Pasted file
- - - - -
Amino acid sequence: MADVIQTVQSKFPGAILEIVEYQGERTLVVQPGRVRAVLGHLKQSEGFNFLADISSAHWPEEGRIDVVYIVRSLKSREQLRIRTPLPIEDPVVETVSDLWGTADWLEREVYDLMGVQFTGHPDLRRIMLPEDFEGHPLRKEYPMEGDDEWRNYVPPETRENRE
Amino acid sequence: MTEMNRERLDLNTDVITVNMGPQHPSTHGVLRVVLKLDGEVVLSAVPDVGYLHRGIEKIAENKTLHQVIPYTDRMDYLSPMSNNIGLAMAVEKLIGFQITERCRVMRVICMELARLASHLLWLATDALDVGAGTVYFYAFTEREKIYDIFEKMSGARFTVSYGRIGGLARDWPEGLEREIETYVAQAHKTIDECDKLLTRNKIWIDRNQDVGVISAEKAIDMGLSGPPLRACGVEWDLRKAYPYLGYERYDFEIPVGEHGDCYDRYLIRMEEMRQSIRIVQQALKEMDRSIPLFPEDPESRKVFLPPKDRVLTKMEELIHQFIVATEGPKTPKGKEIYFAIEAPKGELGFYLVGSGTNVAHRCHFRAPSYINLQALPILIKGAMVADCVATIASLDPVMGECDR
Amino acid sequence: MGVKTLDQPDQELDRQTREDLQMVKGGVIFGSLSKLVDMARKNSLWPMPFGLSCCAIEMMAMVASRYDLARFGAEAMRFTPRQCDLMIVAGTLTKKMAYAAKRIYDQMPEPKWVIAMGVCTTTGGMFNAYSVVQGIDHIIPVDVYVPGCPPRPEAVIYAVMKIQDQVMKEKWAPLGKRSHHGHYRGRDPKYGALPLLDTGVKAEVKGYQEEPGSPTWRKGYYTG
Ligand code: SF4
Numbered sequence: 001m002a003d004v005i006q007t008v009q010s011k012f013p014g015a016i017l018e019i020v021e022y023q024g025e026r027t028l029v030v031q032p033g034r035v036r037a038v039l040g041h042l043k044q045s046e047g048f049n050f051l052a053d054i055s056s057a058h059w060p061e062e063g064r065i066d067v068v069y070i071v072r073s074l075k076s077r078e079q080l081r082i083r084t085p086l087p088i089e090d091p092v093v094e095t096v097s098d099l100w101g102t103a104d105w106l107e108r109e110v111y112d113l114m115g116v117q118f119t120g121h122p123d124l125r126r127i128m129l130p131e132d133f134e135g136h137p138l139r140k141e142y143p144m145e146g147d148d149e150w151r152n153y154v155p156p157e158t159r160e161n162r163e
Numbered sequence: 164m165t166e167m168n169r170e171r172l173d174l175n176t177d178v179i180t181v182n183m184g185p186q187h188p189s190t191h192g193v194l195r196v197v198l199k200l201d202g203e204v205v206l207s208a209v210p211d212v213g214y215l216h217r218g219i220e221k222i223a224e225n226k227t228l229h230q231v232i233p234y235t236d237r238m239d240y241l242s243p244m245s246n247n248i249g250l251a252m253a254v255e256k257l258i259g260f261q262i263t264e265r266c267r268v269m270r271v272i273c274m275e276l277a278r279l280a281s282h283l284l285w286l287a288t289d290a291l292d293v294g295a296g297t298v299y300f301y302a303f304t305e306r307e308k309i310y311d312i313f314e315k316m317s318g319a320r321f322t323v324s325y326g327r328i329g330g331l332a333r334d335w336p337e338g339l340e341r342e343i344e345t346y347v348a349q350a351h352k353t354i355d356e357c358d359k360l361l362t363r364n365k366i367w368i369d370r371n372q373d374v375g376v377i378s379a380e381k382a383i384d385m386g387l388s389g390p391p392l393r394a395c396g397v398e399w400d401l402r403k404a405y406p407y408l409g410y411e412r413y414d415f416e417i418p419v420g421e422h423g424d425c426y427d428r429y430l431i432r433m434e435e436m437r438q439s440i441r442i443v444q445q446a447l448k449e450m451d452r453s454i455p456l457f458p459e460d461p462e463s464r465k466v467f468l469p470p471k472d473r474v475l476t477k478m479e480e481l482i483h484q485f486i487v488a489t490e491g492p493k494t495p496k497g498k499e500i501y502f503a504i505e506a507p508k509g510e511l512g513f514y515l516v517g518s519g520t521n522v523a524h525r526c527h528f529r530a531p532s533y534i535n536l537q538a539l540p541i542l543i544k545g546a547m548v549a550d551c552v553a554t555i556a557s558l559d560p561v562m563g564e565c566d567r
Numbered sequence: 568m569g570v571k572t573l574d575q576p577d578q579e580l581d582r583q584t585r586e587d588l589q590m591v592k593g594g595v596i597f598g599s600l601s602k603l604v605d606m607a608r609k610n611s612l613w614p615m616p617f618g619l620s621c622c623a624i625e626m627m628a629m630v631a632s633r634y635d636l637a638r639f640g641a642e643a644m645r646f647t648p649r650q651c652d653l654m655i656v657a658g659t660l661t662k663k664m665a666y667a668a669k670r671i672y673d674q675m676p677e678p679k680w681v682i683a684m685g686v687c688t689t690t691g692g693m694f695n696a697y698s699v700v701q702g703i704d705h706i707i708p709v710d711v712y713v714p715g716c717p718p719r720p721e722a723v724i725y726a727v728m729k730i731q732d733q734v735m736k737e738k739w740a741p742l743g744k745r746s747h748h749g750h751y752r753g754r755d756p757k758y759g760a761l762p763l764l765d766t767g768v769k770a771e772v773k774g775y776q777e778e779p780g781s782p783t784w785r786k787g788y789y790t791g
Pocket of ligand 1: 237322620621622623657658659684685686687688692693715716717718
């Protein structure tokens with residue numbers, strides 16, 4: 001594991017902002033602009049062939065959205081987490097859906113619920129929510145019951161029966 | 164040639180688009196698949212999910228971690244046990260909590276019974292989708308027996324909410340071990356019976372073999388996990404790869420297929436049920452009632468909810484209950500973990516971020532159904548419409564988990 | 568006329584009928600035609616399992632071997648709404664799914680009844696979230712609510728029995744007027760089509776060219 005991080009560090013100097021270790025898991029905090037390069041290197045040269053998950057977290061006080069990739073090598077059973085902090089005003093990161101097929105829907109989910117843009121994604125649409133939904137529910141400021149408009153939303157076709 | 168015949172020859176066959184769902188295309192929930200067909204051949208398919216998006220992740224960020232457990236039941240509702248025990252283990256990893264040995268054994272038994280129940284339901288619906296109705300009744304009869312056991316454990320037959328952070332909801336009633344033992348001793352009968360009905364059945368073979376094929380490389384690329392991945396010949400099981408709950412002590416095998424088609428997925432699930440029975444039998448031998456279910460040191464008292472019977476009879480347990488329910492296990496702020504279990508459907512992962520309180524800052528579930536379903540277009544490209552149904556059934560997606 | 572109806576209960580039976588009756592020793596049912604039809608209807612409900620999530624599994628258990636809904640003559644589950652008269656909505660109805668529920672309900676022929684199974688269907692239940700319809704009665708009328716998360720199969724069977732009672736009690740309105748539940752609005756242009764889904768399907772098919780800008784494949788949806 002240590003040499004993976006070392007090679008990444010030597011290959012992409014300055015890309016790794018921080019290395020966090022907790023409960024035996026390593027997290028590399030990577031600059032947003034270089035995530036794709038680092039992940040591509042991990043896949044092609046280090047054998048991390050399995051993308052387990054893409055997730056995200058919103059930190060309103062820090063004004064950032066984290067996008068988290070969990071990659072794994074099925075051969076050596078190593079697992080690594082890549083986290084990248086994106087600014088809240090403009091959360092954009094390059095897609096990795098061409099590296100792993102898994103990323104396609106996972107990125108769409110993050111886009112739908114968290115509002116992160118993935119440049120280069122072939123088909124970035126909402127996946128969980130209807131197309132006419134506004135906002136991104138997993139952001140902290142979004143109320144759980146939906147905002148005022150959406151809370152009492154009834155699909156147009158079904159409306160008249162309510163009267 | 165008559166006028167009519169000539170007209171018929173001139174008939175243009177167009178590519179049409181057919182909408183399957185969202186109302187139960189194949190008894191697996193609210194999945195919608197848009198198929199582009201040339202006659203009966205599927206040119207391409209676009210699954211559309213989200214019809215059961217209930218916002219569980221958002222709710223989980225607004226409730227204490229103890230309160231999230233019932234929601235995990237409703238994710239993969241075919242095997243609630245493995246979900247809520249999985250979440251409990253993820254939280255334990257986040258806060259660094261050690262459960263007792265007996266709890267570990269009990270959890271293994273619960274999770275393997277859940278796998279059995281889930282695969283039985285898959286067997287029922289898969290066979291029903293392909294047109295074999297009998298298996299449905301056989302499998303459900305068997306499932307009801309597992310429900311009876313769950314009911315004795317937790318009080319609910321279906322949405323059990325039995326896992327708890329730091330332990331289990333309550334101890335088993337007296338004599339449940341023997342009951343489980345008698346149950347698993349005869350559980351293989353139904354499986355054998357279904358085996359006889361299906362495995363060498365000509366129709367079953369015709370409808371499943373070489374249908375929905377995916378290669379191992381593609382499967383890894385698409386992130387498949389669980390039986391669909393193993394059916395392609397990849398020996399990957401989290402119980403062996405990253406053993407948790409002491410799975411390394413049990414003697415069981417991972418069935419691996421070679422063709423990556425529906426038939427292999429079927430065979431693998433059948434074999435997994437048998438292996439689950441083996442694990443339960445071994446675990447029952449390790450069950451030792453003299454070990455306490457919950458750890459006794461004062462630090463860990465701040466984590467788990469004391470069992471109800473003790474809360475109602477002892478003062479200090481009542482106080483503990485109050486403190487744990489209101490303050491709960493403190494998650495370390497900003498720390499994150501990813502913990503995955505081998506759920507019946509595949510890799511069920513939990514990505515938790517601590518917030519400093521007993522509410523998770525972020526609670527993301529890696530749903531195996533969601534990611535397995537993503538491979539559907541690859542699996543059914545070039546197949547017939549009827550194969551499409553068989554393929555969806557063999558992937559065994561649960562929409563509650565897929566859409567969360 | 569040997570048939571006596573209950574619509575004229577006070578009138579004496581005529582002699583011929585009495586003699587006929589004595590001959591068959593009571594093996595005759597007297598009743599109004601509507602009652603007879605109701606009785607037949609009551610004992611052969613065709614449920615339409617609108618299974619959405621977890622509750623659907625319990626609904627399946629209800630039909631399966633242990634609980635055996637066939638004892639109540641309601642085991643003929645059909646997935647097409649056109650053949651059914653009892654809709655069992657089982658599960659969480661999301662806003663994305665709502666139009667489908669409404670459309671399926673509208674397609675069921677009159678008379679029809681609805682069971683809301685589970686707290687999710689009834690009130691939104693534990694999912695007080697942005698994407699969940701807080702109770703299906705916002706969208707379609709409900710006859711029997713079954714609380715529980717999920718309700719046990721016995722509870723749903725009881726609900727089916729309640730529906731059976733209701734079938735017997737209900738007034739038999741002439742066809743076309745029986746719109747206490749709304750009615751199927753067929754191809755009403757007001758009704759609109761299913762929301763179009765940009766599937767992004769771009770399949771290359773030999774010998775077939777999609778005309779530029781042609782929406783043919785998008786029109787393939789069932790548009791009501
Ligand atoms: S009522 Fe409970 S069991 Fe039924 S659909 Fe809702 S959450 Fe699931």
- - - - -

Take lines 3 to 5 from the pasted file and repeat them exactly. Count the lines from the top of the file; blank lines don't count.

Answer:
Amino acid sequence: MGVKTLDQPDQELDRQTREDLQMVKGGVIFGSLSKLVDMARKNSLWPMPFGLSCCAIEMMAMVASRYDLARFGAEAMRFTPRQCDLMIVAGTLTKKMAYAAKRIYDQMPEPKWVIAMGVCTTTGGMFNAYSVVQGIDHIIPVDVYVPGCPPRPEAVIYAVMKIQDQVMKEKWAPLGKRSHHGHYRGRDPKYGALPLLDTGVKAEVKGYQEEPGSPTWRKGYYTG
Ligand code: SF4
Numbered sequence: 001m002a003d004v005i006q007t008v009q010s011k012f013p014g015a016i017l018e019i020v021e022y023q024g025e026r027t028l029v030v031q032p033g034r035v036r037a038v039l040g041h042l043k044q045s046e047g048f049n050f051l052a053d054i055s056s057a058h059w060p061e062e063g064r065i066d067v068v069y070i071v072r073s074l075k076s077r078e079q080l081r082i083r084t085p086l087p088i089e090d091p092v093v094e095t096v097s098d099l100w101g102t103a104d105w106l107e108r109e110v111y112d113l114m115g116v117q118f119t120g121h122p123d124l125r126r127i128m129l130p131e132d133f134e135g136h137p138l139r140k141e142y143p144m145e146g147d148d149e150w151r152n153y154v155p156p157e158t159r160e161n162r163e